Calling Bookish’s TOS Idiotic is Both Apt and a Violation of the TOS

bookish_logo[1]The World’s Most Delayed ebook community and ebookstore Bookish launched last night.

It took this publisher-backed startup over 2 years to cobble together a website, but as Mike Cane revealed today the delay was probably not due to technical issues. No, the reason this website took so long to launch was that the lawyers took their time in tweaking the terms of service.

I wasn’t included in the media briefings prior to the launch, so I’ve spent the day reading what others have written about the site. So far I’m not impressed. All the coverage gives me the feeling that rather than being something new, Bookish is an outcropping of the legacy publishing monolith. What’s more, until Mike turned up the details about the TOS I hadn’t really found anything worth saying about the site.  It just doesn’t look that interesting.

Mike, on the other hand, spent at least some time today parsing out the TOS. He’s posted a number of excerpts that show an overly controlling nature, but there’s one in particular that is both absurd and amusing:


BOOKISH grants you the revocable permission to link to the Site; provided, however, that your web site, or any third party web sites that link to the Site: (a) must not frame or create a browser or border environment around any of the content on the Site or otherwise mirror any part of the Site without BOOKISH’s express written consent; (b) must not imply that BOOKISH or the Site is endorsing or sponsoring it or its products, unless BOOKISH has given its prior written consent; (c) must not present false information about, or disparage, tarnish, or otherwise, in BOOKISH’s sole opinion, harm BOOKISH or its products or services;


Notwithstanding anything to the contrary contained in these TOU, BOOKISH reserves the right to prohibit linking to the Site for any reason in our sole and absolute discretion even if the linking complies with the requirements described above.

According to Bookish I’m not allowed to point and giggle at their TOS. If I do so then I have violated their TOS.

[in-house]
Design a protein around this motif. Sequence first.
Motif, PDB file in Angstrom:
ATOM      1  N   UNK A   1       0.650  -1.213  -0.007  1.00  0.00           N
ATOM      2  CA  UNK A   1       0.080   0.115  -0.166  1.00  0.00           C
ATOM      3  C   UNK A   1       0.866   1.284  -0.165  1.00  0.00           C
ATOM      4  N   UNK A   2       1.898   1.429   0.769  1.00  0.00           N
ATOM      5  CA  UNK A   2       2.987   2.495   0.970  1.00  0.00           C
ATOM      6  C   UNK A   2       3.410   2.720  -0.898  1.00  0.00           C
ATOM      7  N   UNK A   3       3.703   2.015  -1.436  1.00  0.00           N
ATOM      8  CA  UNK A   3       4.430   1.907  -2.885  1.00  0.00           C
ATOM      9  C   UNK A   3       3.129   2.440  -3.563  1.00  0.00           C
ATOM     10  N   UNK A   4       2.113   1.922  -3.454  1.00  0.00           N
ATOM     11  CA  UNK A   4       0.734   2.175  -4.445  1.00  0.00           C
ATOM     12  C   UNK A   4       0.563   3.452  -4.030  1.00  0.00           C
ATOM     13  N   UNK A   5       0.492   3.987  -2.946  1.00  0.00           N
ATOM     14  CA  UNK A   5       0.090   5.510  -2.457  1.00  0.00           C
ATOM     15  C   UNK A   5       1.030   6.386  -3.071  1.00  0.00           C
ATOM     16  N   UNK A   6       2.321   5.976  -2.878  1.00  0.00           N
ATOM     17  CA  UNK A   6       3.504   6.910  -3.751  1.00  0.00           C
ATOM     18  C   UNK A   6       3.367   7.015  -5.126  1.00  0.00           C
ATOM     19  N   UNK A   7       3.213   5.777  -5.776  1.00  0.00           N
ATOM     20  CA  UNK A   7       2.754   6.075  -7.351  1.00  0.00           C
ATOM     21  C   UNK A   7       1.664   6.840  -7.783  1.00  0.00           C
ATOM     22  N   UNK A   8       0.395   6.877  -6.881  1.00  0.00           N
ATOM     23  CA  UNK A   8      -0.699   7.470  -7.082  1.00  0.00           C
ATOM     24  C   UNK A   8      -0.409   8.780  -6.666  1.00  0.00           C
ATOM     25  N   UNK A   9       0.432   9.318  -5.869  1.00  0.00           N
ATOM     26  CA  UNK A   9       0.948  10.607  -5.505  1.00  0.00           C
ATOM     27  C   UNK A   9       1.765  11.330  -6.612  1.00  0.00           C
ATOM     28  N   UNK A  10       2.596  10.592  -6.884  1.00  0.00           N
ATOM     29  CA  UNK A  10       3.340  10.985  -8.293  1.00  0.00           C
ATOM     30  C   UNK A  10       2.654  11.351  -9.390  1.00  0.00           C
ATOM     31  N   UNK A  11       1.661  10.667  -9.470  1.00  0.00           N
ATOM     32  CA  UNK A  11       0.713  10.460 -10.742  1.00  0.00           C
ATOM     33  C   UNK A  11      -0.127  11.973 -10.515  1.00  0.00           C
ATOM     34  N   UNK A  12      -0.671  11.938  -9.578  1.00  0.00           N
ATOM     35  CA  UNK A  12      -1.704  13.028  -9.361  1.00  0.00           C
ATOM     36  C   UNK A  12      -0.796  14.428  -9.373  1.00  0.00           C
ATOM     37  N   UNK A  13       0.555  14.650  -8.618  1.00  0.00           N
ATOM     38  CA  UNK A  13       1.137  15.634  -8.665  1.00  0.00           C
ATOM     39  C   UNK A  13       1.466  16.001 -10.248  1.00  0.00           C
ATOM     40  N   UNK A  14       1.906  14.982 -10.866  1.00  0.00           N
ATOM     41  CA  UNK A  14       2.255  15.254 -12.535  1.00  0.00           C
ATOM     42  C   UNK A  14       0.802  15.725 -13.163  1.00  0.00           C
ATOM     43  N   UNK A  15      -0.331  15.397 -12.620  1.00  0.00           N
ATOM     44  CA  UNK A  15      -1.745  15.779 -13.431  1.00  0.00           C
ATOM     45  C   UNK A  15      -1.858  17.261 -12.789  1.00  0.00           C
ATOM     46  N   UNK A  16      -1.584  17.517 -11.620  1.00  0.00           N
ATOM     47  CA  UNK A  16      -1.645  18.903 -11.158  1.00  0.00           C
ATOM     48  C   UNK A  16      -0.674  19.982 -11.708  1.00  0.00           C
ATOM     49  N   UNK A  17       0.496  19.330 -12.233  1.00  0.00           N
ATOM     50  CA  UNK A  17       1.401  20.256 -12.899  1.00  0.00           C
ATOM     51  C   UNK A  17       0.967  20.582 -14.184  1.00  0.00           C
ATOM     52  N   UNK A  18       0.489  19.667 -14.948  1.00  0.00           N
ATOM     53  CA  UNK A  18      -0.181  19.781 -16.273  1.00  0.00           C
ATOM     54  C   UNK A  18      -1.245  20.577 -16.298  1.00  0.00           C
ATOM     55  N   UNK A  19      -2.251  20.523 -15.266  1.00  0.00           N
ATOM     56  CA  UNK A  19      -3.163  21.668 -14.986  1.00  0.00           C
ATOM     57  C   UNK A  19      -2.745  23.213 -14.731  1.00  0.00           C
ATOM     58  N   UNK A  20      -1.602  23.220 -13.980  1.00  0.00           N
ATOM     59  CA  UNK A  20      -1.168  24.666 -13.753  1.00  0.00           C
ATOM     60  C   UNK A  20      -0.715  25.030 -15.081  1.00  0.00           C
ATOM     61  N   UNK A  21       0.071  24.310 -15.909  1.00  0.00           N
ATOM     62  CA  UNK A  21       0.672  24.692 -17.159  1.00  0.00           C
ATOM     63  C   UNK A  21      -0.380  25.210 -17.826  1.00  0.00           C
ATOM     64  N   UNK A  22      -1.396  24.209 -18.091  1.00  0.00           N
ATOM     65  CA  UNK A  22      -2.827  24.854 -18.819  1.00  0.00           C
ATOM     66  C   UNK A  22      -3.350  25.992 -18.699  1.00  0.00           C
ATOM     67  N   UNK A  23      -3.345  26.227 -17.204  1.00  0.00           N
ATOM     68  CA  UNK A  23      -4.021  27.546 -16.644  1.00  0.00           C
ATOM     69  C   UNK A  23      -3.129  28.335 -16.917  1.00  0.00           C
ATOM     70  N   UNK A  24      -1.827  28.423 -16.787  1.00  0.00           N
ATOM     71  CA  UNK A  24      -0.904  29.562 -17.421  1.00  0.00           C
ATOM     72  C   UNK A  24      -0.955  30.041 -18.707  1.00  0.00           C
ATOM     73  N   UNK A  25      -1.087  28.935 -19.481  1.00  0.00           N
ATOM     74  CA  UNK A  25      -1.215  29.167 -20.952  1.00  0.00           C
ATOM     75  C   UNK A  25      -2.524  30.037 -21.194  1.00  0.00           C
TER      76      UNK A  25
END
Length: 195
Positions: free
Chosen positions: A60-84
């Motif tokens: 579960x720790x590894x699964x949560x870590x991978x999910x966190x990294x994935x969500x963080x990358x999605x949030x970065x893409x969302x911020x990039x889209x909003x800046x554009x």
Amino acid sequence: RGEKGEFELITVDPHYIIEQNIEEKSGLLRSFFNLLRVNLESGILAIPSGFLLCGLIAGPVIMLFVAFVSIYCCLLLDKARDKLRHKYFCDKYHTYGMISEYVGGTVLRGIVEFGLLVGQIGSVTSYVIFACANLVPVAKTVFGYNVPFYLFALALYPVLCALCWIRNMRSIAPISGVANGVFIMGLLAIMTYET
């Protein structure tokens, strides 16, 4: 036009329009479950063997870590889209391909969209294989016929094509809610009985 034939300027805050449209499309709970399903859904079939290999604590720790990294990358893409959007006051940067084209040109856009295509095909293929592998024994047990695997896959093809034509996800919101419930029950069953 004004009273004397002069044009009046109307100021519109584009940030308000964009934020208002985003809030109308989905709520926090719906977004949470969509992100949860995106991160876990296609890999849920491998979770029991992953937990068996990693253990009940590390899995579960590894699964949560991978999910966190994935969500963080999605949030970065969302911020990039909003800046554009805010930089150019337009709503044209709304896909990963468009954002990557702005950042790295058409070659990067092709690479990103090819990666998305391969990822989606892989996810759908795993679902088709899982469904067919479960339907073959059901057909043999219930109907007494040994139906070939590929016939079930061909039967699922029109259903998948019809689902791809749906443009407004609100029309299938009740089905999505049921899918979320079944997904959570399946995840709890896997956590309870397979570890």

This is 2013. Can you believe that there would be a company so out of touch that they would actually put this restriction in their TOS? If I had not read the above text I would have insisted it was impossible. But there it is.

So I guess this means that Bookish is a new attempt for publishers to interface with readers, but only under the control and supervision of the publishers’ lawyers. Yeah, I’m sure that is going to go well.

Nate Hoffelder

View posts by Nate Hoffelder
Nate Hoffelder is the founder of The Digital Reader. He has been blogging about indie authors since 2010 while learning new tech skills weekly. He fixes author sites, and shares what he learns on The Digital Reader's blog. In his spare time, he fosters dogs for A Forever Home, a local rescue group.


  1. Mike Cane5 February, 2013

    Hey, just wait for the people who happen to buy an eBook with rancid formatting and then complain that they can’t get any refund or other consideration. Let’s see how fast Bookish kills their account for “disparagement.”

  2. Fbone5 February, 2013

    The site doesn’t work for me. They must use Java.

    1. Brian5 February, 2013

      I don’t have Java and it works fine for me (in Chrome).

      1. Fbone5 February, 2013

        It might be my Firefox add-ons that’s stopping some of the site’s functions. I have it set to remove ads and affiliate links among other things.

  3. Brian5 February, 2013

    Boy, could they make the prices and formats on the right side of the screen any bigger and in your face? How about a subtle link or button to click for more info on buying instead of making me feel like I just walked onto a used car lot with the prices written on the windshields.

    Didn’t spend much time there, but didn’t see anything to make me want to spend time there in the future.

  4. Bookish: Will It Succeed? | Digital Book World6 February, 2013

    […] and feel, its retail strategy, its much-discussed recommendation engine and, in one wonky case, it’s terms of service.   New sites with big launches often attract detractors initially. Maybe they didn’t get […]

  5. […] been some controversy surrounding their Terms of Service agreement that I won’t get into (The Digital Reader has a pretty heated article about the subject if you’re interested), but overall the site […]

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